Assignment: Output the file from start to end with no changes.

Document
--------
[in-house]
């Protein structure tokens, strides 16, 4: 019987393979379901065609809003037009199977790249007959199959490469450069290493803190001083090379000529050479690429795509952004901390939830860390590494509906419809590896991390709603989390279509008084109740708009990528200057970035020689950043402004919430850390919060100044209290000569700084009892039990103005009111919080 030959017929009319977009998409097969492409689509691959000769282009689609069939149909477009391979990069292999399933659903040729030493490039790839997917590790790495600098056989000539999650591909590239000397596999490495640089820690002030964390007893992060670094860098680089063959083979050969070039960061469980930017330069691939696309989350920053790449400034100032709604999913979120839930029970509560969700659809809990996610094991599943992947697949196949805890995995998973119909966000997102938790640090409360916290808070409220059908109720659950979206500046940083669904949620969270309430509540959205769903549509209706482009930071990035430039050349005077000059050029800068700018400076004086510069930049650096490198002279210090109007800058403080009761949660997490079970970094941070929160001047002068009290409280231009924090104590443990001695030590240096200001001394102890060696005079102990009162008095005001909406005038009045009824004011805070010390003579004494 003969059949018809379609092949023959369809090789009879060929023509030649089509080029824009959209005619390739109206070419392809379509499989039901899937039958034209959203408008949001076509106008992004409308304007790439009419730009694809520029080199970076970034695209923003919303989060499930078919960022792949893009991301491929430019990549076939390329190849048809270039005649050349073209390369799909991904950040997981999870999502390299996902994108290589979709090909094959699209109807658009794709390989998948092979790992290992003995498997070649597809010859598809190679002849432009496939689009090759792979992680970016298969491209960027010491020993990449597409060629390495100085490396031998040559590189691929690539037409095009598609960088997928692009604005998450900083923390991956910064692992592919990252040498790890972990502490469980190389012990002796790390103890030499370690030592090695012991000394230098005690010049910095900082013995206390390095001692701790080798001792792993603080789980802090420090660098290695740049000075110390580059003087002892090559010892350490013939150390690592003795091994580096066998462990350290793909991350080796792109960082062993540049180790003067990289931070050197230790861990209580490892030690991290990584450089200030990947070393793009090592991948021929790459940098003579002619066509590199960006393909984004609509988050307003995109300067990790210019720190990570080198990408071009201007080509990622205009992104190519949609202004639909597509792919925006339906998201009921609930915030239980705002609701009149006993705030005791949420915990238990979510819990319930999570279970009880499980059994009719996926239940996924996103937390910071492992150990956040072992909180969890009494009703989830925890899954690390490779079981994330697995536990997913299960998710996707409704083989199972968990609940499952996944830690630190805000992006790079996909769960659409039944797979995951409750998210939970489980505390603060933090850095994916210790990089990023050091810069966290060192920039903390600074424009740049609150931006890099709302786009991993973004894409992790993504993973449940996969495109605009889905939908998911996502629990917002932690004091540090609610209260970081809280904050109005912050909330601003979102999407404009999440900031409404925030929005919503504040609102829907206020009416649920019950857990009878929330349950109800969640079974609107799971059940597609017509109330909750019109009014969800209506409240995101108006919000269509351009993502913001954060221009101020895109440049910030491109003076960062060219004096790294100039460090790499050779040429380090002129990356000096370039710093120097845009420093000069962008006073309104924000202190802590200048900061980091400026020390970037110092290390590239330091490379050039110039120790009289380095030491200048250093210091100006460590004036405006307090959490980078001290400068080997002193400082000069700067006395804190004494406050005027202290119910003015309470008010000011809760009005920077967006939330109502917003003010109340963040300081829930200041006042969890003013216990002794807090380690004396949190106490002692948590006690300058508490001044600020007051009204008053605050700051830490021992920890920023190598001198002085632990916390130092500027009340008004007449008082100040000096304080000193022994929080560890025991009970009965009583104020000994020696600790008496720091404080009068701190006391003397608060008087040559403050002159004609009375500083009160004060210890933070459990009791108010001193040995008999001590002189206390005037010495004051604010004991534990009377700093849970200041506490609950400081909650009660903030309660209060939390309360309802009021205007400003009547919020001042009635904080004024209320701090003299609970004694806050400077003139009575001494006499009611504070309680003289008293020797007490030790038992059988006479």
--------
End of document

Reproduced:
[in-house]
């Protein structure tokens, strides 16, 4: 019987393979379901065609809003037009199977790249007959199959490469450069290493803190001083090379000529050479690429795509952004901390939830860390590494509906419809590896991390709603989390279509008084109740708009990528200057970035020689950043402004919430850390919060100044209290000569700084009892039990103005009111919080 030959017929009319977009998409097969492409689509691959000769282009689609069939149909477009391979990069292999399933659903040729030493490039790839997917590790790495600098056989000539999650591909590239000397596999490495640089820690002030964390007893992060670094860098680089063959083979050969070039960061469980930017330069691939696309989350920053790449400034100032709604999913979120839930029970509560969700659809809990996610094991599943992947697949196949805890995995998973119909966000997102938790640090409360916290808070409220059908109720659950979206500046940083669904949620969270309430509540959205769903549509209706482009930071990035430039050349005077000059050029800068700018400076004086510069930049650096490198002279210090109007800058403080009761949660997490079970970094941070929160001047002068009290409280231009924090104590443990001695030590240096200001001394102890060696005079102990009162008095005001909406005038009045009824004011805070010390003579004494 003969059949018809379609092949023959369809090789009879060929023509030649089509080029824009959209005619390739109206070419392809379509499989039901899937039958034209959203408008949001076509106008992004409308304007790439009419730009694809520029080199970076970034695209923003919303989060499930078919960022792949893009991301491929430019990549076939390329190849048809270039005649050349073209390369799909991904950040997981999870999502390299996902994108290589979709090909094959699209109807658009794709390989998948092979790992290992003995498997070649597809010859598809190679002849432009496939689009090759792979992680970016298969491209960027010491020993990449597409060629390495100085490396031998040559590189691929690539037409095009598609960088997928692009604005998450900083923390991956910064692992592919990252040498790890972990502490469980190389012990002796790390103890030499370690030592090695012991000394230098005690010049910095900082013995206390390095001692701790080798001792792993603080789980802090420090660098290695740049000075110390580059003087002892090559010892350490013939150390690592003795091994580096066998462990350290793909991350080796792109960082062993540049180790003067990289931070050197230790861990209580490892030690991290990584450089200030990947070393793009090592991948021929790459940098003579002619066509590199960006393909984004609509988050307003995109300067990790210019720190990570080198990408071009201007080509990622205009992104190519949609202004639909597509792919925006339906998201009921609930915030239980705002609701009149006993705030005791949420915990238990979510819990319930999570279970009880499980059994009719996926239940996924996103937390910071492992150990956040072992909180969890009494009703989830925890899954690390490779079981994330697995536990997913299960998710996707409704083989199972968990609940499952996944830690630190805000992006790079996909769960659409039944797979995951409750998210939970489980505390603060933090850095994916210790990089990023050091810069966290060192920039903390600074424009740049609150931006890099709302786009991993973004894409992790993504993973449940996969495109605009889905939908998911996502629990917002932690004091540090609610209260970081809280904050109005912050909330601003979102999407404009999440900031409404925030929005919503504040609102829907206020009416649920019950857990009878929330349950109800969640079974609107799971059940597609017509109330909750019109009014969800209506409240995101108006919000269509351009993502913001954060221009101020895109440049910030491109003076960062060219004096790294100039460090790499050779040429380090002129990356000096370039710093120097845009420093000069962008006073309104924000202190802590200048900061980091400026020390970037110092290390590239330091490379050039110039120790009289380095030491200048250093210091100006460590004036405006307090959490980078001290400068080997002193400082000069700067006395804190004494406050005027202290119910003015309470008010000011809760009005920077967006939330109502917003003010109340963040300081829930200041006042969890003013216990002794807090380690004396949190106490002692948590006690300058508490001044600020007051009204008053605050700051830490021992920890920023190598001198002085632990916390130092500027009340008004007449008082100040000096304080000193022994929080560890025991009970009965009583104020000994020696600790008496720091404080009068701190006391003397608060008087040559403050002159004609009375500083009160004060210890933070459990009791108010001193040995008999001590002189206390005037010495004051604010004991534990009377700093849970200041506490609950400081909650009660903030309660209060939390309360309802009021205007400003009547919020001042009635904080004024209320701090003299609970004694806050400077003139009575001494006499009611504070309680003289008293020797007490030790038992059988006479």